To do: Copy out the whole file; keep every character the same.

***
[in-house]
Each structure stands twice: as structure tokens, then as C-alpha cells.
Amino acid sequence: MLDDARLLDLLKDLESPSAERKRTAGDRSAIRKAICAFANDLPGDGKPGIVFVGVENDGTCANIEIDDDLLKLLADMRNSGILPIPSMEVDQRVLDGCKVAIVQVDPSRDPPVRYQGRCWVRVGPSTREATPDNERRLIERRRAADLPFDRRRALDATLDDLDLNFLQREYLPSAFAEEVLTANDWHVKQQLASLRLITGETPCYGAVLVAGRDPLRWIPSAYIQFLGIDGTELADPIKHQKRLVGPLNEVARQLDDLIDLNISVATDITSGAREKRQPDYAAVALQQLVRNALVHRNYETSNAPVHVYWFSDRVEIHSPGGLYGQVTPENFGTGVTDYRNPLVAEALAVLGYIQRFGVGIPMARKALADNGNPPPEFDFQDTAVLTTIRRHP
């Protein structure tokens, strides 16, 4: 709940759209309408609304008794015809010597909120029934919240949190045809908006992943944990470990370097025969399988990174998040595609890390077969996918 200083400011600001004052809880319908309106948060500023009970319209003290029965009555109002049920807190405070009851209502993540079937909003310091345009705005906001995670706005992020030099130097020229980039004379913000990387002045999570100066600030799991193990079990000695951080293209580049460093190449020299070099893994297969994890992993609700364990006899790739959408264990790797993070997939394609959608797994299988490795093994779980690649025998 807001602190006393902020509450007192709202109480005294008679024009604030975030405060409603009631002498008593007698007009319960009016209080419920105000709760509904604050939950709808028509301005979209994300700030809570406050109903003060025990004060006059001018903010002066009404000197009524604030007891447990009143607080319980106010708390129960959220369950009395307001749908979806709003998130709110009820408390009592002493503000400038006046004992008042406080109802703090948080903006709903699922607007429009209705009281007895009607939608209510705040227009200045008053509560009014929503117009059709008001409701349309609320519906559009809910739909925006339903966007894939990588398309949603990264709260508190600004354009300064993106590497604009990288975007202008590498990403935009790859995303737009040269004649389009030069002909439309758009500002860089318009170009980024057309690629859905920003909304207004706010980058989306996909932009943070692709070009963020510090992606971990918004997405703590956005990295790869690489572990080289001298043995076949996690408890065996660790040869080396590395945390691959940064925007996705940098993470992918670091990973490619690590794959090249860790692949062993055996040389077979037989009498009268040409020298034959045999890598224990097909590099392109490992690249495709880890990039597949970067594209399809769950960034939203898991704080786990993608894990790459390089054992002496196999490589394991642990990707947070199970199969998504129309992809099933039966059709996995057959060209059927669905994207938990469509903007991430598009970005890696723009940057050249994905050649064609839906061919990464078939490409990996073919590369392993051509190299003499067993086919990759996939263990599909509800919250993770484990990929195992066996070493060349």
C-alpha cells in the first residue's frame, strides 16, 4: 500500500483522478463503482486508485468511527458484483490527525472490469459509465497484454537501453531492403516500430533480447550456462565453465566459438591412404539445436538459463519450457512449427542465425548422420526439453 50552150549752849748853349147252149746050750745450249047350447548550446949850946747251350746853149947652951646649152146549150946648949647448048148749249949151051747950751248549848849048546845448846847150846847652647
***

[in-house]
Each structure stands twice: as structure tokens, then as C-alpha cells.
Amino acid sequence: MLDDARLLDLLKDLESPSAERKRTAGDRSAIRKAICAFANDLPGDGKPGIVFVGVENDGTCANIEIDDDLLKLLADMRNSGILPIPSMEVDQRVLDGCKVAIVQVDPSRDPPVRYQGRCWVRVGPSTREATPDNERRLIERRRAADLPFDRRRALDATLDDLDLNFLQREYLPSAFAEEVLTANDWHVKQQLASLRLITGETPCYGAVLVAGRDPLRWIPSAYIQFLGIDGTELADPIKHQKRLVGPLNEVARQLDDLIDLNISVATDITSGAREKRQPDYAAVALQQLVRNALVHRNYETSNAPVHVYWFSDRVEIHSPGGLYGQVTPENFGTGVTDYRNPLVAEALAVLGYIQRFGVGIPMARKALADNGNPPPEFDFQDTAVLTTIRRHP
């Protein structure tokens, strides 16, 4: 709940759209309408609304008794015809010597909120029934919240949190045809908006992943944990470990370097025969399988990174998040595609890390077969996918 200083400011600001004052809880319908309106948060500023009970319209003290029965009555109002049920807190405070009851209502993540079937909003310091345009705005906001995670706005992020030099130097020229980039004379913000990387002045999570100066600030799991193990079990000695951080293209580049460093190449020299070099893994297969994890992993609700364990006899790739959408264990790797993070997939394609959608797994299988490795093994779980690649025998 807001602190006393902020509450007192709202109480005294008679024009604030975030405060409603009631002498008593007698007009319960009016209080419920105000709760509904604050939950709808028509301005979209994300700030809570406050109903003060025990004060006059001018903010002066009404000197009524604030007891447990009143607080319980106010708390129960959220369950009395307001749908979806709003998130709110009820408390009592002493503000400038006046004992008042406080109802703090948080903006709903699922607007429009209705009281007895009607939608209510705040227009200045008053509560009014929503117009059709008001409701349309609320519906559009809910739909925006339903966007894939990588398309949603990264709260508190600004354009300064993106590497604009990288975007202008590498990403935009790859995303737009040269004649389009030069002909439309758009500002860089318009170009980024057309690629859905920003909304207004706010980058989306996909932009943070692709070009963020510090992606971990918004997405703590956005990295790869690489572990080289001298043995076949996690408890065996660790040869080396590395945390691959940064925007996705940098993470992918670091990973490619690590794959090249860790692949062993055996040389077979037989009498009268040409020298034959045999890598224990097909590099392109490992690249495709880890990039597949970067594209399809769950960034939203898991704080786990993608894990790459390089054992002496196999490589394991642990990707947070199970199969998504129309992809099933039966059709996995057959060209059927669905994207938990469509903007991430598009970005890696723009940057050249994905050649064609839906061919990464078939490409990996073919590369392993051509190299003499067993086919990759996939263990599909509800919250993770484990990929195992066996070493060349």
C-alpha cells in the first residue's frame, strides 16, 4: 500500500483522478463503482486508485468511527458484483490527525472490469459509465497484454537501453531492403516500430533480447550456462565453465566459438591412404539445436538459463519450457512449427542465425548422420526439453 50552150549752849748853349147252149746050750745450249047350447548550446949850946747251350746853149947652951646649152146549150946648949647448048148749249949151051747950751248549848849048546845448846847150846847652647